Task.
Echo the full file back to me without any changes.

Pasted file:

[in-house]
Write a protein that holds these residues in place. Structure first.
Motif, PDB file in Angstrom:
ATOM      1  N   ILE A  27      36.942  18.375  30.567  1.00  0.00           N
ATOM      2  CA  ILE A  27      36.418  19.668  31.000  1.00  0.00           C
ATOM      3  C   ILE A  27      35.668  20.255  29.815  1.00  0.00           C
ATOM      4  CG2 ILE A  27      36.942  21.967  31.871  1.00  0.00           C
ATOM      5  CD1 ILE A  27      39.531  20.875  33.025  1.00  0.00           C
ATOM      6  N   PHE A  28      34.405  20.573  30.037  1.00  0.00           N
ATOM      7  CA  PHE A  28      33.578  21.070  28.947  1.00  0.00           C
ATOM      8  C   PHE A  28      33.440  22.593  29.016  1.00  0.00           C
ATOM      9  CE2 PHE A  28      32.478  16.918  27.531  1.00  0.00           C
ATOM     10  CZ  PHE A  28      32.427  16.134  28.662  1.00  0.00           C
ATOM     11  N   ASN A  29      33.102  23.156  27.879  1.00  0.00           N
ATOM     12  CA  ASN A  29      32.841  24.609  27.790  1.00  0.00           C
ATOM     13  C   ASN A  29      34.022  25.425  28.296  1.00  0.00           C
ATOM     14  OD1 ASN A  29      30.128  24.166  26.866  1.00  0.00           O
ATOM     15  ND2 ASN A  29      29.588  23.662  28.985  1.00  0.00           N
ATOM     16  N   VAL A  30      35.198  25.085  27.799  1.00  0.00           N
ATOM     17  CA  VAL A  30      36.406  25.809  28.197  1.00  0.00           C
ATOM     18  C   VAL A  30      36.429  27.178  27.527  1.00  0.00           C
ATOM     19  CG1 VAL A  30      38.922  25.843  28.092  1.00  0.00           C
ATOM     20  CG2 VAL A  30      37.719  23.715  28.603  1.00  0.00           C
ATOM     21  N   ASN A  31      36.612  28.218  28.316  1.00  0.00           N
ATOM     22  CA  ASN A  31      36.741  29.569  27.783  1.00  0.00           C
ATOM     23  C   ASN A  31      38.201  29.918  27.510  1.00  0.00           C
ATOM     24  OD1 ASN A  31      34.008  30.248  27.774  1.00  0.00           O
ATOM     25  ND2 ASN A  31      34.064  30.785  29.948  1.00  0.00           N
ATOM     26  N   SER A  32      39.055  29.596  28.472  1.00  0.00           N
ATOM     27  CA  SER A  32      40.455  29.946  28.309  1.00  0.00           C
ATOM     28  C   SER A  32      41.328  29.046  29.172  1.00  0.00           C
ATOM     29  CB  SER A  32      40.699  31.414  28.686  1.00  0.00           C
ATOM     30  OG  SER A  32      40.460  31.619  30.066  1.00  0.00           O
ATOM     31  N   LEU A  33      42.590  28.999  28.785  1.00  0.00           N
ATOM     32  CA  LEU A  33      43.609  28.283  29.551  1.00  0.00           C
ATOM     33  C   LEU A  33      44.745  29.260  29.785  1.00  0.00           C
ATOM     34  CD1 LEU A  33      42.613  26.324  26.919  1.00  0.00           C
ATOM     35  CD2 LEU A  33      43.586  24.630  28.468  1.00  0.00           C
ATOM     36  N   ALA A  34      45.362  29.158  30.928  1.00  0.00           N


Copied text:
[in-house]
Write a protein that holds these residues in place. Structure first.
Motif, PDB file in Angstrom:
ATOM      1  N   ILE A  27      36.942  18.375  30.567  1.00  0.00           N
ATOM      2  CA  ILE A  27      36.418  19.668  31.000  1.00  0.00           C
ATOM      3  C   ILE A  27      35.668  20.255  29.815  1.00  0.00           C
ATOM      4  CG2 ILE A  27      36.942  21.967  31.871  1.00  0.00           C
ATOM      5  CD1 ILE A  27      39.531  20.875  33.025  1.00  0.00           C
ATOM      6  N   PHE A  28      34.405  20.573  30.037  1.00  0.00           N
ATOM      7  CA  PHE A  28      33.578  21.070  28.947  1.00  0.00           C
ATOM      8  C   PHE A  28      33.440  22.593  29.016  1.00  0.00           C
ATOM      9  CE2 PHE A  28      32.478  16.918  27.531  1.00  0.00           C
ATOM     10  CZ  PHE A  28      32.427  16.134  28.662  1.00  0.00           C
ATOM     11  N   ASN A  29      33.102  23.156  27.879  1.00  0.00           N
ATOM     12  CA  ASN A  29      32.841  24.609  27.790  1.00  0.00           C
ATOM     13  C   ASN A  29      34.022  25.425  28.296  1.00  0.00           C
ATOM     14  OD1 ASN A  29      30.128  24.166  26.866  1.00  0.00           O
ATOM     15  ND2 ASN A  29      29.588  23.662  28.985  1.00  0.00           N
ATOM     16  N   VAL A  30      35.198  25.085  27.799  1.00  0.00           N
ATOM     17  CA  VAL A  30      36.406  25.809  28.197  1.00  0.00           C
ATOM     18  C   VAL A  30      36.429  27.178  27.527  1.00  0.00           C
ATOM     19  CG1 VAL A  30      38.922  25.843  28.092  1.00  0.00           C
ATOM     20  CG2 VAL A  30      37.719  23.715  28.603  1.00  0.00           C
ATOM     21  N   ASN A  31      36.612  28.218  28.316  1.00  0.00           N
ATOM     22  CA  ASN A  31      36.741  29.569  27.783  1.00  0.00           C
ATOM     23  C   ASN A  31      38.201  29.918  27.510  1.00  0.00           C
ATOM     24  OD1 ASN A  31      34.008  30.248  27.774  1.00  0.00           O
ATOM     25  ND2 ASN A  31      34.064  30.785  29.948  1.00  0.00           N
ATOM     26  N   SER A  32      39.055  29.596  28.472  1.00  0.00           N
ATOM     27  CA  SER A  32      40.455  29.946  28.309  1.00  0.00           C
ATOM     28  C   SER A  32      41.328  29.046  29.172  1.00  0.00           C
ATOM     29  CB  SER A  32      40.699  31.414  28.686  1.00  0.00           C
ATOM     30  OG  SER A  32      40.460  31.619  30.066  1.00  0.00           O
ATOM     31  N   LEU A  33      42.590  28.999  28.785  1.00  0.00           N
ATOM     32  CA  LEU A  33      43.609  28.283  29.551  1.00  0.00           C
ATOM     33  C   LEU A  33      44.745  29.260  29.785  1.00  0.00           C
ATOM     34  CD1 LEU A  33      42.613  26.324  26.919  1.00  0.00           C
ATOM     35  CD2 LEU A  33      43.586  24.630  28.468  1.00  0.00           C
ATOM     36  N   ALA A  34      45.362  29.158  30.928  1.00  0.00           N